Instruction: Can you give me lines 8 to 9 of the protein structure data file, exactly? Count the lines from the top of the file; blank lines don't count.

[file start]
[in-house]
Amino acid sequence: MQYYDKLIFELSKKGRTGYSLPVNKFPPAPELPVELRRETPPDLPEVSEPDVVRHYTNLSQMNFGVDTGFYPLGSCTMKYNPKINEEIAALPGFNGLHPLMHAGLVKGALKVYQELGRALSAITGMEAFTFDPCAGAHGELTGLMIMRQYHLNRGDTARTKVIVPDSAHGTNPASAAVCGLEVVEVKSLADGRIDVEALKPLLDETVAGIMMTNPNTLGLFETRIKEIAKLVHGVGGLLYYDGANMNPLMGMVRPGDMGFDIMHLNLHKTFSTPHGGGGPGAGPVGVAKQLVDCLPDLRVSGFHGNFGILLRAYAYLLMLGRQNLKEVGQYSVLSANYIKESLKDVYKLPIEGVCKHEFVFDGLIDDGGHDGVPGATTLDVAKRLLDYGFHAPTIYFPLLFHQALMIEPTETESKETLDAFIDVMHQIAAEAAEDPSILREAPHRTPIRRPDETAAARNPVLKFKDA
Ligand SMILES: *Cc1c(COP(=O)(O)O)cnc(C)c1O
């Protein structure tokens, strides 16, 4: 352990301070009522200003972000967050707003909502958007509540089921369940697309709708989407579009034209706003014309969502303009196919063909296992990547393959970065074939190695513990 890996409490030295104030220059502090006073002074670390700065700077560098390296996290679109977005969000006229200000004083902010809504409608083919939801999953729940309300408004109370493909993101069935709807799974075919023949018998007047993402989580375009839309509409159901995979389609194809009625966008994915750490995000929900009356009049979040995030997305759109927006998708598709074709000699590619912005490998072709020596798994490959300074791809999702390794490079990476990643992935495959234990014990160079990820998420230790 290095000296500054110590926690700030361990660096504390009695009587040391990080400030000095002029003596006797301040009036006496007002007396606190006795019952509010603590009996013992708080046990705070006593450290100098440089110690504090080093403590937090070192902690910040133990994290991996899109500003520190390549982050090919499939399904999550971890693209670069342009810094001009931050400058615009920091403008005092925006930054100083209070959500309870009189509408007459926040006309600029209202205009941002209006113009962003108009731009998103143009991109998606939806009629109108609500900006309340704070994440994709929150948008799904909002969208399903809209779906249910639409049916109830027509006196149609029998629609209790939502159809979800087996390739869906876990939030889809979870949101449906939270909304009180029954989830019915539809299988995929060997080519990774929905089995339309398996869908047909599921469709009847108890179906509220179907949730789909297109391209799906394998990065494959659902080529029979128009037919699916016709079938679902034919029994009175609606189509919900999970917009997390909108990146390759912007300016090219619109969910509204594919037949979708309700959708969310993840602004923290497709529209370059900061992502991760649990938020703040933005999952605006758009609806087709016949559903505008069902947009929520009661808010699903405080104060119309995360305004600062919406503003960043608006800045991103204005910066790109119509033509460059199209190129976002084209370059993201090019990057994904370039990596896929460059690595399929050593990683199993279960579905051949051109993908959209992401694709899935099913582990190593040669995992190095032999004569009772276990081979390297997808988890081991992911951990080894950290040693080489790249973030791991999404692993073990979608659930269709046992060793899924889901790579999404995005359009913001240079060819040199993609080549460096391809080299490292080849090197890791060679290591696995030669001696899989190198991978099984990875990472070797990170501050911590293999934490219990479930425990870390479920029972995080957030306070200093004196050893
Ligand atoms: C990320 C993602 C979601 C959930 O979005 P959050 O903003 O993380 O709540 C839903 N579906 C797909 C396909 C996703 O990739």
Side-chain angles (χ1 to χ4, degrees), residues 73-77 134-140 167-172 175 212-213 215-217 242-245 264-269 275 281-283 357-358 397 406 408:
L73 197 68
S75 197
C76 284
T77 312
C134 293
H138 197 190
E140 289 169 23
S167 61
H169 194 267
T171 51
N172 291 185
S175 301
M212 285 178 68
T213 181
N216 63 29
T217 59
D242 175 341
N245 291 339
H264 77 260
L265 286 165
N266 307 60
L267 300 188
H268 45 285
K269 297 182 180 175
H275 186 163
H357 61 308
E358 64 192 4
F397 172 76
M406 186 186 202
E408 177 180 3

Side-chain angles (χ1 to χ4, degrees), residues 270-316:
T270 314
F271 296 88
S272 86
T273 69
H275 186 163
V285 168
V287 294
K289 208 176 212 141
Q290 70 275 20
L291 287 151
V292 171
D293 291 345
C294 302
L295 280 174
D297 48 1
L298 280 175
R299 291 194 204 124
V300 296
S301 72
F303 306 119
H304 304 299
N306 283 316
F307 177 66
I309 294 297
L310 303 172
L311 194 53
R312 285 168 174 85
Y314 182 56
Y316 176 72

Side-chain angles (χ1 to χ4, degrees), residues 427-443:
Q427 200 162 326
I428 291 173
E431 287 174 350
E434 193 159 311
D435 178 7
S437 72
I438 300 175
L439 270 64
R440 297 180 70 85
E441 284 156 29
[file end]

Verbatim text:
S75 197
C76 284